Cinema: The Girl in White Gloves

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Beamed a New York friend: "Here, for the first time in history, is a babe that Hollywood can't get to. Can't touch her with money, can't touch her with big names. Only thing they can offer her is good parts." Steel Insides. She has managed to get the parts. In the short space of 18 months she has been paired with six of Hollywood's biggest box office male stars—Clark Gable, Ray Milland, James Stewart, William Holden, Bing Crosby, Gary Grant. These seasoned veterans have learned to view with a jaundiced eye the pretty young newcomers assigned to play opposite them. Grace, as usual, was different. Says Holden, one of Hollywood's ablest pros: "With some actresses, you have to keep snapping them to attention like a puppy. Grace is always concentrating. In fact, she sometimes keeps me on the track." Says Jimmy Stewart: "She's easy to play to. You can see her thinking the way she's supposed to think in the role. You know she's listening, and not just for cues. Some actresses don't think and don't listen. You can tell they're just counting the words."

Outside the studio, Grace continued to disregard the Hollywood rules. She was friendly, but she refused to court the important columnists. Interviewers who tried to get her to open up came away swearing that they would rather tackle a train window any time. One producer grumbled that she had "stainless steel in-sides." She flatly refused to divulge even the standard data (bust, waist, hips). One columnist asked routinely whether she wore nightgowns. "I think it's nobody's business what I wear to bed," she said coolly. "A person has to keep something to herself, or your life is just a layout in a magazine."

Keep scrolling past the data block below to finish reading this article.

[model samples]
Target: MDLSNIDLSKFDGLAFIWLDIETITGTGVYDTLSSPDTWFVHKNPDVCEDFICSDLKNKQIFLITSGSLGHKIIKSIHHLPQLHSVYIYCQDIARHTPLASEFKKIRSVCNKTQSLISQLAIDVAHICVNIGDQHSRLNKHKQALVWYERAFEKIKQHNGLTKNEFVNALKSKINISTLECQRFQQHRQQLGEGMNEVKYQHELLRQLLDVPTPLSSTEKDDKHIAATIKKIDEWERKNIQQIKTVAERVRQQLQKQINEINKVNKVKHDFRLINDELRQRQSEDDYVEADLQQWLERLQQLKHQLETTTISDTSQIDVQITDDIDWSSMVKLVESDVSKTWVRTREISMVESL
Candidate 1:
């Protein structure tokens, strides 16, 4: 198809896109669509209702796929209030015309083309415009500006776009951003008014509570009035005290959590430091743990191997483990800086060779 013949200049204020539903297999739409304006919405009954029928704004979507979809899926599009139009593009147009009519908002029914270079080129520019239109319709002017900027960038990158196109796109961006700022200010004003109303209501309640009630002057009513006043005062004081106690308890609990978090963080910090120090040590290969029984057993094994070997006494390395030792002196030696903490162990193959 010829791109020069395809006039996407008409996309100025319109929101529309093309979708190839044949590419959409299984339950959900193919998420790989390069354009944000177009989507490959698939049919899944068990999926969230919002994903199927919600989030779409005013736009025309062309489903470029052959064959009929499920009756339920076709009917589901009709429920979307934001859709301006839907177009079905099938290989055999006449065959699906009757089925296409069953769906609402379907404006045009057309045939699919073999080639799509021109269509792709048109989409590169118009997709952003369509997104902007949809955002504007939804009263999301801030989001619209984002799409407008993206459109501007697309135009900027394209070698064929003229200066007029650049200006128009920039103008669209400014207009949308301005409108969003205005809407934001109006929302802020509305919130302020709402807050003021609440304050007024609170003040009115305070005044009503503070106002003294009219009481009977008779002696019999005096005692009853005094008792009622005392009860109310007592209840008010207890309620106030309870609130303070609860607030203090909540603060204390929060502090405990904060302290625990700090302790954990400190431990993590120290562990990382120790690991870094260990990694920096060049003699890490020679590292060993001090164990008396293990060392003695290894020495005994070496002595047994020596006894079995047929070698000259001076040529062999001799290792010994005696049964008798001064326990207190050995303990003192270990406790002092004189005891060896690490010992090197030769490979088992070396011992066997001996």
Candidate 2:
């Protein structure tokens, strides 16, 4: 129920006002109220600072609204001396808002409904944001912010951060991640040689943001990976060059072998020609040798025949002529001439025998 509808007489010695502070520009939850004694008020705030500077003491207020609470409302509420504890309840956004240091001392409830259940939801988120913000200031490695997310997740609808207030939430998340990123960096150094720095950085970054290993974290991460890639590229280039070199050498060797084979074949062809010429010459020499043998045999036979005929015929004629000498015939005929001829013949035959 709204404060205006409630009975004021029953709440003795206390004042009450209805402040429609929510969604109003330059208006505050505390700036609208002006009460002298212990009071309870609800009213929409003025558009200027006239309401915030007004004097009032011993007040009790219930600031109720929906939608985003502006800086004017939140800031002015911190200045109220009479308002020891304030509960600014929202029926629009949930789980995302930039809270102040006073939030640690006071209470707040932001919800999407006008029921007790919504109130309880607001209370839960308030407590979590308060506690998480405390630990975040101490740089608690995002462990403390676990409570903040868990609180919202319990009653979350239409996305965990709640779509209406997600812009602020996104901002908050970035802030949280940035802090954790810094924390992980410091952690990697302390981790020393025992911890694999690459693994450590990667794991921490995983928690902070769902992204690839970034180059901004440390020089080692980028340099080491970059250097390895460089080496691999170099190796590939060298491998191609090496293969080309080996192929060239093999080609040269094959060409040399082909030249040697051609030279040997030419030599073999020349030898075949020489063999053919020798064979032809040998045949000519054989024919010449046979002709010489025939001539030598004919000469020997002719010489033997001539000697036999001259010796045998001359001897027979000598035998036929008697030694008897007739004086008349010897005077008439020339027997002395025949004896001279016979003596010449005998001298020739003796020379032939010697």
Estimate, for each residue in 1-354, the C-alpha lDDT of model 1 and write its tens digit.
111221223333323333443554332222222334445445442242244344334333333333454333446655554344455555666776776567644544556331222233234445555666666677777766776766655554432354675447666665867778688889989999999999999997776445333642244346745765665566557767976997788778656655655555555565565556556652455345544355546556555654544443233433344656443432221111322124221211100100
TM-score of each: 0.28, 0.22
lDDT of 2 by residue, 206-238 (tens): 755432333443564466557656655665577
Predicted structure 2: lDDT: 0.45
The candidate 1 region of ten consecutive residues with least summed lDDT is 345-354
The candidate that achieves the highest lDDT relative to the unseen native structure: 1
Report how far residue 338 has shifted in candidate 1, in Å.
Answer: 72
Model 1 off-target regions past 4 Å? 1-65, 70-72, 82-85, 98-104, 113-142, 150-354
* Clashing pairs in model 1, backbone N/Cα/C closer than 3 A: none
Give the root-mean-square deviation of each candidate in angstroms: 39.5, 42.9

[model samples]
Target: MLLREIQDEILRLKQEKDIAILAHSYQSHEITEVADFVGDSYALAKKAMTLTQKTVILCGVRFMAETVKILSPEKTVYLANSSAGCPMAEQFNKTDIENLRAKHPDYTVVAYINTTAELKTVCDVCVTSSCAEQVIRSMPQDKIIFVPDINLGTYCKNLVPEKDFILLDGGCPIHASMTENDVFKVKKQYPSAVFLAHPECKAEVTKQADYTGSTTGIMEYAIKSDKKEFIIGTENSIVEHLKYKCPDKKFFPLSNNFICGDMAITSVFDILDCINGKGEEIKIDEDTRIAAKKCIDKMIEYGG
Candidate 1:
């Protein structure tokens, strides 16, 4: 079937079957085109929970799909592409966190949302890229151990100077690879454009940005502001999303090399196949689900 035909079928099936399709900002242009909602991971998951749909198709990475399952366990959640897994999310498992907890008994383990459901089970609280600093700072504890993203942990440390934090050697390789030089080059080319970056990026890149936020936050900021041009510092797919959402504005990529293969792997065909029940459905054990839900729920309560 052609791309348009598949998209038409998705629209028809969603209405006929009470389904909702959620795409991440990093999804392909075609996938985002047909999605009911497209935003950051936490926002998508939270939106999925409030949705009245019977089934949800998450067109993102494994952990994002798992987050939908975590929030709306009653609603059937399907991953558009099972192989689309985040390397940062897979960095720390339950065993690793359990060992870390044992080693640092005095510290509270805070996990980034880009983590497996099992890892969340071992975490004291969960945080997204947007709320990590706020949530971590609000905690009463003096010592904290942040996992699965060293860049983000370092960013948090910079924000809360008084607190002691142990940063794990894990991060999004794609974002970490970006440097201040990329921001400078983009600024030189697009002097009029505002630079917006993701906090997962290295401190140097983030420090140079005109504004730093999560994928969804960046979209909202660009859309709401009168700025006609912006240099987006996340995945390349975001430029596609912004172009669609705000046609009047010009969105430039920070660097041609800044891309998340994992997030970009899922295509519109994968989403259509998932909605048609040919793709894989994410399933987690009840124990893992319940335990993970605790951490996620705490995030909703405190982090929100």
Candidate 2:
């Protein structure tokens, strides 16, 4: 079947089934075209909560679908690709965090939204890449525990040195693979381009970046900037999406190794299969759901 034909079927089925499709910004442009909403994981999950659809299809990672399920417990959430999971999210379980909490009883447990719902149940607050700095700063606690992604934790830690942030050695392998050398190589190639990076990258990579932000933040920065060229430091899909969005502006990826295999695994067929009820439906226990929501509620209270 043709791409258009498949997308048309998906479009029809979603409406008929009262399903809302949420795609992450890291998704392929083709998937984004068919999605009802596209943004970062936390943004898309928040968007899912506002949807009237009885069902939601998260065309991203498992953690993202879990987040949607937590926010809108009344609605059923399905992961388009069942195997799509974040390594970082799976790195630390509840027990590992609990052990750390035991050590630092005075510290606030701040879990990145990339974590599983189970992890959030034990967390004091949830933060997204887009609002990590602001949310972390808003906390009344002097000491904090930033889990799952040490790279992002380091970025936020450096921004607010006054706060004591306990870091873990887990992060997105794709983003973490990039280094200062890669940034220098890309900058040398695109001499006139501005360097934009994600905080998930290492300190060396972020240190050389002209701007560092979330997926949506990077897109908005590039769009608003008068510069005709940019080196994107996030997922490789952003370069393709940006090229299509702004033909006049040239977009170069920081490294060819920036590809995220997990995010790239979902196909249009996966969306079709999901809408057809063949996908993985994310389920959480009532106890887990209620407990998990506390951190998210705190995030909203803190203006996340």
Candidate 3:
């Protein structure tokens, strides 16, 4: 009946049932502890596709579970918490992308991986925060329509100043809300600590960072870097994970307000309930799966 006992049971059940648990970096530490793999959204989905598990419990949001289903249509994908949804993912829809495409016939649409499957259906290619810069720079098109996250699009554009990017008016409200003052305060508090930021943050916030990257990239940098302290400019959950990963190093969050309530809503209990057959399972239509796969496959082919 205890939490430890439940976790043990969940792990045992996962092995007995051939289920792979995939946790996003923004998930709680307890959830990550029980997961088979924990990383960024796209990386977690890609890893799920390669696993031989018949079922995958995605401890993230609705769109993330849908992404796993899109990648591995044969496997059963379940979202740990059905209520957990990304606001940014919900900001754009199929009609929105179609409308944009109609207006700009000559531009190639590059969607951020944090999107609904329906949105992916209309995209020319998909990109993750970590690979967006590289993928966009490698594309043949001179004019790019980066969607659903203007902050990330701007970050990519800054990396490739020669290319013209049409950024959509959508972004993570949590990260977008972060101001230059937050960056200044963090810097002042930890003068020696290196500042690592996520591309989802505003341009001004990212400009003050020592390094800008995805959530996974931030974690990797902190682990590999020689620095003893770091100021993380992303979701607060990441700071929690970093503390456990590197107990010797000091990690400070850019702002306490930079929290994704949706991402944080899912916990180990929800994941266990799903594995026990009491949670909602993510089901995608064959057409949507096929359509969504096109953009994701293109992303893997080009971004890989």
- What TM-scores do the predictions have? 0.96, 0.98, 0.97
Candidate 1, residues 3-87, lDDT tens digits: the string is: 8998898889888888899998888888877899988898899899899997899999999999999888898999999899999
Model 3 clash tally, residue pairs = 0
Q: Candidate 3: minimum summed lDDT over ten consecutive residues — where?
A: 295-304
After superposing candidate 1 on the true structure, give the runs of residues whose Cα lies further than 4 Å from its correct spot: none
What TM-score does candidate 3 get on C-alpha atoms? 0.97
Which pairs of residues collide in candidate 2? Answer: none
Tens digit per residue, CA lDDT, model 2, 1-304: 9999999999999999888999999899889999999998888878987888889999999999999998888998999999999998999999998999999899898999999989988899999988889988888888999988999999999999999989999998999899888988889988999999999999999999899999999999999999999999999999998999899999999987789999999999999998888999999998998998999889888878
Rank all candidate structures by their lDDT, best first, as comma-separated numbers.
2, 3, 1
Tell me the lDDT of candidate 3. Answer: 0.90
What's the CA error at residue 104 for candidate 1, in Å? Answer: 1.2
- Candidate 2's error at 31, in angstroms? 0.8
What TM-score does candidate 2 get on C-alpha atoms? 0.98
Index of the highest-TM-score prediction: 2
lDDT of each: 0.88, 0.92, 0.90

In the end, publicists had to content themselves with tagging Miss Kelly as "a Main Line debutante." She is neither Main Line nor a debutante, but she is the next thing to both.

The Beautiful People. In Philadelphia, the Kellys are about as conspicuous as the 30th Street Station, which, like many of the city's major structures, bears the credit: Brickwork by Kelly. Handsome, athletic John B. Kelly, Grace's father, the son of a farm boy from County Mayo, began business life as a bricklayer. Eventually he parlayed a borrowed $7,000 into the nation's biggest brickwork construction company. One of his brothers was George Kelly, Pulitzer Prizewinning playwright (Craig's Wife); another was Walter Kelly, the famed "Virginia Judge" of the vaudeville circuits.

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